What Credit Card Companies Know, but Don’t Want You to Know

It’s no secret that lenders use our credit scores to evaluate whether we’re worthy of their offers for credit. We assume it extends only to a brief moment of time, when we submit a credit application, and our credit scores are pulled, reviewed and then a decision is made. It might have been that way in years past, but those days are long gone. You’ll be surprised at just how closely creditors are looking at our credit histories.

Not only that, but expect to see a major shift in the credit decision making processes or lenders in the coming months. Here’s why.

Defining Creditworthy

We’ve lamented in the past about the reality of fewer consumers having strong enough credit scores for credit cards, bank loans and mortgages. This is all due to the 2008 recession that was also the sharpest economic downturn since the Great Depression. Banks and credit card companies are well aware of this, but what they had yet to discern was whether or not consumers would be able to find their way back. We predicted that many would begin considering new algorithms for their creditworthiness determinations. After all, millions took big hits to their credit ratings due to job losses, foreclosures and all of the lingering problems that come with long term recessions. Suddenly, creditors and lenders were with far fewer borrowers. As a result, there is now a growing number of credit card issuers are quietly testing new and much more comprehensive ways to evaluate customers’ creditworthiness. To say they’ve have to be a bit creative is an understatement.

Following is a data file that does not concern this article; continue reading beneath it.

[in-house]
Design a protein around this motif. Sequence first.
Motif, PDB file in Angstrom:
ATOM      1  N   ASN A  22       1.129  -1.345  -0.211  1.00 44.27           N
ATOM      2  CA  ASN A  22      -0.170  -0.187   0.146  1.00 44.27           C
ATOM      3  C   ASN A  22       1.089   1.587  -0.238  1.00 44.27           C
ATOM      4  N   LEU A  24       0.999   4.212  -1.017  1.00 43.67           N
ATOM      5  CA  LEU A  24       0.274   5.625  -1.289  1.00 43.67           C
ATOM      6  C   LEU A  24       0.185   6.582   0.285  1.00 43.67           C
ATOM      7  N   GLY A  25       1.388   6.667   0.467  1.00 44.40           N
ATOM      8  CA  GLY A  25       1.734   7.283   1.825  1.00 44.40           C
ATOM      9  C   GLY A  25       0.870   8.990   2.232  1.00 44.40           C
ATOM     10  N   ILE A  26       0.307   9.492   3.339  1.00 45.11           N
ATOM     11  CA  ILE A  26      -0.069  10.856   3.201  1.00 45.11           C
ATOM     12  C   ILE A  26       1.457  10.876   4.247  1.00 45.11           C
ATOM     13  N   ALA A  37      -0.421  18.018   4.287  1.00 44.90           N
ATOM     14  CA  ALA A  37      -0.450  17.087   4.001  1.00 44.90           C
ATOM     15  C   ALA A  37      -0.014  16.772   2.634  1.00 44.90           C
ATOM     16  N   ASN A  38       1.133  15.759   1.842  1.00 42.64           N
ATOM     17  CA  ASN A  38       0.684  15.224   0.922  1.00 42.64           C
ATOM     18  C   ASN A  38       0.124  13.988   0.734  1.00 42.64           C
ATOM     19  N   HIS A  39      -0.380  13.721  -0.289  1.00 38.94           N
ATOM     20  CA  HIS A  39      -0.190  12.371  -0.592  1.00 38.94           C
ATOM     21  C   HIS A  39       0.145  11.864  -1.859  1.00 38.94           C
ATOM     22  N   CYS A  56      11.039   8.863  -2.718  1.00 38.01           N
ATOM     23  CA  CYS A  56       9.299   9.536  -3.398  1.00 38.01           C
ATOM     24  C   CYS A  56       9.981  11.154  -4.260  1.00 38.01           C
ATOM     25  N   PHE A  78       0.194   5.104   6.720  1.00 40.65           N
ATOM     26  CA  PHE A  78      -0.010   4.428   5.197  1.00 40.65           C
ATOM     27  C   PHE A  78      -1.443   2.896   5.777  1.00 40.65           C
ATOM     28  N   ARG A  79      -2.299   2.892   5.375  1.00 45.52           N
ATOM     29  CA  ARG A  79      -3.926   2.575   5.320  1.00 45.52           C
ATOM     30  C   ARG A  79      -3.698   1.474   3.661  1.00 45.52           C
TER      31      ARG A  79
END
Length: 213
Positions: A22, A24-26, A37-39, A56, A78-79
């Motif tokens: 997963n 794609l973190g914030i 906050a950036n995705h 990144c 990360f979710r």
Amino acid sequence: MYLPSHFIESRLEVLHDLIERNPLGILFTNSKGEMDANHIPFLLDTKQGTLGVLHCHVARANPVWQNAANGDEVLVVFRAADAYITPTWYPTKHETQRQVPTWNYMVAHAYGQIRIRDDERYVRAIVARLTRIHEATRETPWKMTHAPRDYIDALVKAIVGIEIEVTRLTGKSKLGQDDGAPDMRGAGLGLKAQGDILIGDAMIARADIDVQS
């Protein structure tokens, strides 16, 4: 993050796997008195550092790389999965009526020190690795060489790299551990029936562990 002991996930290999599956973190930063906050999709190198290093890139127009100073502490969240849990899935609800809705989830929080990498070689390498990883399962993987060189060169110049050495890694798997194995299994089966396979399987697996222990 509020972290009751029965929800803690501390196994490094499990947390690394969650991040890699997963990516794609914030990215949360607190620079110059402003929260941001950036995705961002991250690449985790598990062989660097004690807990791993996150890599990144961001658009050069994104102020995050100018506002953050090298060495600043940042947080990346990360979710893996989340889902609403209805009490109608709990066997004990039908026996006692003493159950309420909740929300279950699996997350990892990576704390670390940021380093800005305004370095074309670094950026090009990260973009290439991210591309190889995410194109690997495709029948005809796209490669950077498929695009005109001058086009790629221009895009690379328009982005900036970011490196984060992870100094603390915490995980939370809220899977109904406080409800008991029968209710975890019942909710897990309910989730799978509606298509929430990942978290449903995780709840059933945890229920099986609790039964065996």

Non-Traditional Options

With many consumers, creditors are really having to bring in a wide range of nontraditional considerations. Those might include whether or not an applicant has a criminal history, whether he’s been at his current address for a specific amount of time, how many jobs he’s held down in the past few years, any professional licenses – nursing, CDL, cosmetology – any kind of license that will help secure a better employment outlook is fair game. The goal is to supplement their traditional efforts with these other considerations in order to paint a more complete picture that tells the tale. The fact is, many credit card companies know that while our credit scores are strong indicators for whether or not we’ll repay our debts. What they’ve learned over the past few years is that sometimes extenuating circumstances paint a far different picture. It’s entirely likely that a couple who had credit scores in the 700s in 2009 could very well have scores in the 500 range today. A few tough breaks and suddenly, even the best prepared find themselves cornered.

Lenders want to grow their business again,

says Ankush Tewari, the director of strategy and market planning for LexisNexis RiskView. They want to begin lending again, but not only are their options limited, many felt the formulas that were being used before the recession were already on their way of becoming antiquated. Some might say the timing was perfect.

Behavior Scores

There are also new “Behavior Scores” that are being tested.